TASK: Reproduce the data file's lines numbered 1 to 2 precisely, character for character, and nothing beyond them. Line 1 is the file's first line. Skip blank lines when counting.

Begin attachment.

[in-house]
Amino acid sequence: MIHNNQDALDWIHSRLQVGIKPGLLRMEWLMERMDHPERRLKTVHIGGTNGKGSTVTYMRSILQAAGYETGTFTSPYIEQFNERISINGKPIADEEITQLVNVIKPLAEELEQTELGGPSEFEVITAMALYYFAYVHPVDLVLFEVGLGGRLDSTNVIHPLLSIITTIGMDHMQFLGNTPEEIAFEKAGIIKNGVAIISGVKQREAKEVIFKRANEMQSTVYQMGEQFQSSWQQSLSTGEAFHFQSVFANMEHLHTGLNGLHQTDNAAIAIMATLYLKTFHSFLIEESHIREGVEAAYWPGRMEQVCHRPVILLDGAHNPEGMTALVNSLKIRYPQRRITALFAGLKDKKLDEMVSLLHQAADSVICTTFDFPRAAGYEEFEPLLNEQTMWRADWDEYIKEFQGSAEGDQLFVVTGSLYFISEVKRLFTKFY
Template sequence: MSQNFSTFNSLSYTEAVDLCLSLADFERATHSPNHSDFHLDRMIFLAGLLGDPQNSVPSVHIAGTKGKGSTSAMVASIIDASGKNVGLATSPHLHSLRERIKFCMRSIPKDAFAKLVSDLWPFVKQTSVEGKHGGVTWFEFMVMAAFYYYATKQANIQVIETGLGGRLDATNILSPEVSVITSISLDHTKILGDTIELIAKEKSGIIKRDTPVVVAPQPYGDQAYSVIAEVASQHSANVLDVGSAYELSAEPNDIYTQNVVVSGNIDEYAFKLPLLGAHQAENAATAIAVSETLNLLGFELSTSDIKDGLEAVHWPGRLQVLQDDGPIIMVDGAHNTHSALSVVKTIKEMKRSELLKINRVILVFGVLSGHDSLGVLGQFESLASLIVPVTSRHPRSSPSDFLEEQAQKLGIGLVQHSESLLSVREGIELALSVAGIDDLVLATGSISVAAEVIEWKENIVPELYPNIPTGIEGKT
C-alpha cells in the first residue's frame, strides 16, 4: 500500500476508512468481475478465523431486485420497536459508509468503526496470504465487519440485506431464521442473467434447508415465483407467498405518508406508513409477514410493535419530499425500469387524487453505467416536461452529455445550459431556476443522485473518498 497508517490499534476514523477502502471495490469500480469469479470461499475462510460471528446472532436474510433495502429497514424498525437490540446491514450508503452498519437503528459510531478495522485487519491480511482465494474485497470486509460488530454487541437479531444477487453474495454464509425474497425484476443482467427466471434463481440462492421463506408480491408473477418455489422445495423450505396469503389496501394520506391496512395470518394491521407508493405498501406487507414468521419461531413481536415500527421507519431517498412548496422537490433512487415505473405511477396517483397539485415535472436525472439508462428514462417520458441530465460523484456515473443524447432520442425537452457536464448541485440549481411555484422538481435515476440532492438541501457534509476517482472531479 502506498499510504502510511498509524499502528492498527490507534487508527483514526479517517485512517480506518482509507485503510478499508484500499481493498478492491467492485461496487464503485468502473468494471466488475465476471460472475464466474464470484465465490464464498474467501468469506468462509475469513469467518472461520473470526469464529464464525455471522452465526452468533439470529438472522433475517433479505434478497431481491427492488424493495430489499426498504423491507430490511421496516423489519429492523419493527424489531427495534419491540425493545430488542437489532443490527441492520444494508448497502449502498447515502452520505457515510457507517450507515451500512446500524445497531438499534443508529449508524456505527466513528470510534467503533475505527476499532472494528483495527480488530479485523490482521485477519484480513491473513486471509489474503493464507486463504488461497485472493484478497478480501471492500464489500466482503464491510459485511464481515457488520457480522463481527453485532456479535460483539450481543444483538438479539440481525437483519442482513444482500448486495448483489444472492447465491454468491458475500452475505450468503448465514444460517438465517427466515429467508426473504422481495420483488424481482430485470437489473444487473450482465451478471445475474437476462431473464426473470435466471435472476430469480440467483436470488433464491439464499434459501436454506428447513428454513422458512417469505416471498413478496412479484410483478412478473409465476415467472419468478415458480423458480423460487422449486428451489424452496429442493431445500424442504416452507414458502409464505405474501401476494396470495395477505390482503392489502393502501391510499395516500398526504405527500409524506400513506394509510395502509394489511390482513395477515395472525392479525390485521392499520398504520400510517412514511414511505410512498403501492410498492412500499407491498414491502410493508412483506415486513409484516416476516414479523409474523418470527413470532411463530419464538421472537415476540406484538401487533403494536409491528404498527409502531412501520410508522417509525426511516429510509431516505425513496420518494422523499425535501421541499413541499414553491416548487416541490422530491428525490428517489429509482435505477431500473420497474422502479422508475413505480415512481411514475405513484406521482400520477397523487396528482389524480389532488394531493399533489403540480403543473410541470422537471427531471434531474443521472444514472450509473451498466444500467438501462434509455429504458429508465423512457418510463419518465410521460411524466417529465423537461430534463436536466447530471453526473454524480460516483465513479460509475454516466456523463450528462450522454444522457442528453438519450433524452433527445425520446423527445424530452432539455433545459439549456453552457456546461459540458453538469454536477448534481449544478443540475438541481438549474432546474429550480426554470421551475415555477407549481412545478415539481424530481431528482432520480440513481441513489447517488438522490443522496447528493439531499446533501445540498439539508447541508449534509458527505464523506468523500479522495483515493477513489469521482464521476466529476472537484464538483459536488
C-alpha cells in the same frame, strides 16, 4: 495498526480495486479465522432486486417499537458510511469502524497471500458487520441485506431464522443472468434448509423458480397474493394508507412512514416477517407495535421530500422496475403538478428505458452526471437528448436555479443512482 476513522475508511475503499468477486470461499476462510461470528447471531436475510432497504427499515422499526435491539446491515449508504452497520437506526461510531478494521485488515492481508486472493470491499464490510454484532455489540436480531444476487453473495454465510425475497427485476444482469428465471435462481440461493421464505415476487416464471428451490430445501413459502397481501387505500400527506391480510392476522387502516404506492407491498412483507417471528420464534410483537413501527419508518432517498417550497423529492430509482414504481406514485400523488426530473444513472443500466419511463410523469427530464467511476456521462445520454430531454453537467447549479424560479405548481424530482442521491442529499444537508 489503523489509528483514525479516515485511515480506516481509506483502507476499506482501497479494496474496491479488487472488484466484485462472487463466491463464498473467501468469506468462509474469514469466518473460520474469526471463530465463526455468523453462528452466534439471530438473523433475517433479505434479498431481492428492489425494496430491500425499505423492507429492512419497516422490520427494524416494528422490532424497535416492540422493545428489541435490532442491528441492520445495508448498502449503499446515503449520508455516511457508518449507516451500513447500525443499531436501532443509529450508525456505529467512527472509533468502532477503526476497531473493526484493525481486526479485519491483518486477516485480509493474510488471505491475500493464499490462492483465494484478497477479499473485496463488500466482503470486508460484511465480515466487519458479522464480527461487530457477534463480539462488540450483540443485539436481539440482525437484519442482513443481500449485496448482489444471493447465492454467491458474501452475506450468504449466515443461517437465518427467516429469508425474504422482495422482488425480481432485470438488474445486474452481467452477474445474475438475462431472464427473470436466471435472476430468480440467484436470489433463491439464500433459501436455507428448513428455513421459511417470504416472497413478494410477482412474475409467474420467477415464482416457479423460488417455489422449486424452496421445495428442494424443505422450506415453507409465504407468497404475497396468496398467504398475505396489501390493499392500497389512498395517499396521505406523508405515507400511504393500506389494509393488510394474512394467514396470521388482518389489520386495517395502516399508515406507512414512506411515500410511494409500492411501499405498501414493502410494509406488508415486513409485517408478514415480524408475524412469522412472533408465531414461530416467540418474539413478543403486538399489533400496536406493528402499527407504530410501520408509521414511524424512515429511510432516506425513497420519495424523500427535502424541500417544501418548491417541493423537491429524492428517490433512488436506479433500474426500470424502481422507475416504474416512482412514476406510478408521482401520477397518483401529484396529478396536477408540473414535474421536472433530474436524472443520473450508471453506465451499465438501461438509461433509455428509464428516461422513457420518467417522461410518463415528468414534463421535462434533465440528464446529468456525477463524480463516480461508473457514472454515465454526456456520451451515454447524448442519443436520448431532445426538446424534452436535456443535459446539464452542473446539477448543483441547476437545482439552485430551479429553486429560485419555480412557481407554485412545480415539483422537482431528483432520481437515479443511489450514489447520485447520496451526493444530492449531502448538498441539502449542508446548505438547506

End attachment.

[in-house]
Amino acid sequence: MIHNNQDALDWIHSRLQVGIKPGLLRMEWLMERMDHPERRLKTVHIGGTNGKGSTVTYMRSILQAAGYETGTFTSPYIEQFNERISINGKPIADEEITQLVNVIKPLAEELEQTELGGPSEFEVITAMALYYFAYVHPVDLVLFEVGLGGRLDSTNVIHPLLSIITTIGMDHMQFLGNTPEEIAFEKAGIIKNGVAIISGVKQREAKEVIFKRANEMQSTVYQMGEQFQSSWQQSLSTGEAFHFQSVFANMEHLHTGLNGLHQTDNAAIAIMATLYLKTFHSFLIEESHIREGVEAAYWPGRMEQVCHRPVILLDGAHNPEGMTALVNSLKIRYPQRRITALFAGLKDKKLDEMVSLLHQAADSVICTTFDFPRAAGYEEFEPLLNEQTMWRADWDEYIKEFQGSAEGDQLFVVTGSLYFISEVKRLFTKFY